The building was originally constructed in 1935 as a Pure Oil gas station, designed by Carl August Peterson in the company's iconic "English cottage" style. The design was adopted to make gas stations fit better into the context of residential neighborhoods.
The presentation to the HPC included these clippings from Hudson Daily Star for August 23, 1935, which announce the opening of the station.
The text that is outlined reads:
Clients will be taken on a tour of inspection of the station itself built in the English cottage style, with spacious offices, store, stock room, lubricating and cleaning facilities, and wash room. The cottage is of sparkling white brick with a heavy blue tile roof which greatly enhances the appearance of the old hotel site. [This was the site of the original St. Charles Hotel.] The grounds are partly landscaped and it is planned to install additional flower beds and rock gardens.
There are several other examples of surviving Pure Oil stations. The presentation included these photographs.
The Pure Oil station in Saratoga Springs, built in 1933, is individually listed in the National Register of Historic Places.
Other examples of Pure Oil stations in New York can be found at RoadsideArchitecture.com.
Notable among the plans for the restoration of what has once Hudson's Pure Oil station is the front door. At some point in time, a rectangular door replaced the original door to the store of the building. The plan is to replace it with a curved top door, either salvaged or replicated. This photograph of the Pure Oil station in Owego shows what the original door would have looked like.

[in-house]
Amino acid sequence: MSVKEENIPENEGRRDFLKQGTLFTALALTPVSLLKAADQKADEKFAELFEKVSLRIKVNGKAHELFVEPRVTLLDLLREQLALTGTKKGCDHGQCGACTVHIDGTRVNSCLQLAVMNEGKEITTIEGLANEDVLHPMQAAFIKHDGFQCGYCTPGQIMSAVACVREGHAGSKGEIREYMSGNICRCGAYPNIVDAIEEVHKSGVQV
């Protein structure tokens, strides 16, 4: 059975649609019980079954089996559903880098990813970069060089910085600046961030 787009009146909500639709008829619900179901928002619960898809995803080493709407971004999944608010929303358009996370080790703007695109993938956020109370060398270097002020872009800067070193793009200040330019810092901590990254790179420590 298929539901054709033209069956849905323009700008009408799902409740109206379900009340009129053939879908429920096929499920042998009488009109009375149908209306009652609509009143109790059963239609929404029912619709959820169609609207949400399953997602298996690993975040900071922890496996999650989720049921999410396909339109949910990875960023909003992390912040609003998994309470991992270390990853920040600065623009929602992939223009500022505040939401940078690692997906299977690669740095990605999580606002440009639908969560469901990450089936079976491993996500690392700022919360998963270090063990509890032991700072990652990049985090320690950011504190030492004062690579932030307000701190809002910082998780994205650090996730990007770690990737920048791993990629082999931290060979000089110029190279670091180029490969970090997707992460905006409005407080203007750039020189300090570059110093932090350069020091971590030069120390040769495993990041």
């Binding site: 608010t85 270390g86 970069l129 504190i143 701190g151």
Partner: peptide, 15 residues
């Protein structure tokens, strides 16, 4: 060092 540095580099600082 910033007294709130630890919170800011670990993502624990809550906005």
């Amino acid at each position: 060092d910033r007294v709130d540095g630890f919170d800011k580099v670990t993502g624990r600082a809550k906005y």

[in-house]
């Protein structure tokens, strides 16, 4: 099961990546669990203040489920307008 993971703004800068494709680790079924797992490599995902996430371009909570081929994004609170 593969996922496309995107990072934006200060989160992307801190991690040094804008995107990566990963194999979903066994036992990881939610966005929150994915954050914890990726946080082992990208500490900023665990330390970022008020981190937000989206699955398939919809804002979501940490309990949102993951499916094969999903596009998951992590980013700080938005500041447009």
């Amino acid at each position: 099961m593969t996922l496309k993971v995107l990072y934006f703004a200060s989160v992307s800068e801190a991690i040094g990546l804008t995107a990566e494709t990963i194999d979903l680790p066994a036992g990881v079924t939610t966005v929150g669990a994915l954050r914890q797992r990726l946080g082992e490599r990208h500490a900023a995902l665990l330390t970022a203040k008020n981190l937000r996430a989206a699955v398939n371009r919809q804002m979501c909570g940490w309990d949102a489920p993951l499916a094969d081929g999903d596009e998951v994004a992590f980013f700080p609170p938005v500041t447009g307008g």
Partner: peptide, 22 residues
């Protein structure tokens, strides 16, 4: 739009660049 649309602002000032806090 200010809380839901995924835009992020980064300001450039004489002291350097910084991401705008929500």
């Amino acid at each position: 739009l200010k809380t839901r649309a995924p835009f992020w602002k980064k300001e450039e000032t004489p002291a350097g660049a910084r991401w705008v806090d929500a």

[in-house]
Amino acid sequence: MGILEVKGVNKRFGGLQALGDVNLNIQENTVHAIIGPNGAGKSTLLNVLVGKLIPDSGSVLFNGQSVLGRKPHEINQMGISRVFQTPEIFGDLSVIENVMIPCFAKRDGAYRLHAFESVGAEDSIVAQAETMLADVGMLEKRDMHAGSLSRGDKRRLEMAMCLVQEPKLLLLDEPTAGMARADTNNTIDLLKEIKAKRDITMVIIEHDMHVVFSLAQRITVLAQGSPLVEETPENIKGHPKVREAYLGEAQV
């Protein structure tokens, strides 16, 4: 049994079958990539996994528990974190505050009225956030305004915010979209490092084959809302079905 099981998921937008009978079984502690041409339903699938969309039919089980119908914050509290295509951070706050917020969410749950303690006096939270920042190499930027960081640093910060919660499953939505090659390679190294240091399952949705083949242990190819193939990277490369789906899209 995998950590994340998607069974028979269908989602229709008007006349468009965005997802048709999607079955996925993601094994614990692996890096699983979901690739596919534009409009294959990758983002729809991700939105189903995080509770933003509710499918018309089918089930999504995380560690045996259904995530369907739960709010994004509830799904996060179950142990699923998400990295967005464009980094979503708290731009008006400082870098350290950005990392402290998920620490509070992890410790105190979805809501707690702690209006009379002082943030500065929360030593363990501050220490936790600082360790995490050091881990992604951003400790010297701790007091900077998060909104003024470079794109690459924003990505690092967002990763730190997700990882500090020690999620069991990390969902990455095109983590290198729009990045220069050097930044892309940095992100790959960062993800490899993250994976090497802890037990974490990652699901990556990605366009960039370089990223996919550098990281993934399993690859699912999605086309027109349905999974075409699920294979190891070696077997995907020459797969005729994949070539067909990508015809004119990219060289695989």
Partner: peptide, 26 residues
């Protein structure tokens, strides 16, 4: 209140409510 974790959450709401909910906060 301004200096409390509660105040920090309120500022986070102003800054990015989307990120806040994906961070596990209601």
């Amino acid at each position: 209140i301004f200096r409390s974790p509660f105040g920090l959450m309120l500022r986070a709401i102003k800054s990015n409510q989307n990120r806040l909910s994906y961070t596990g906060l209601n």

The color scheme proposed for the building replicates the original blue and white of the Pure Oil station, with gradient painting on the doors and the side of the building to evoke the Lil' Deb's "brand."
Phil Forman, who chairs the HPC, declared, "This is going to be a fantastic addition to Hudson." HPC member Miranda Barry called the proposal "a good marriage of the Lil' Deb's brand."
The project is now before the Planning Board, which has scheduled a public hearing for tomorrow, Tuesday, March 14, at 6:00 p.m. The Planning Board meeting is a hybrid, taking place in person at the Central Fire Station, 77 North Seventh Street, and on Zoom. Click here to join the meeting remotely.
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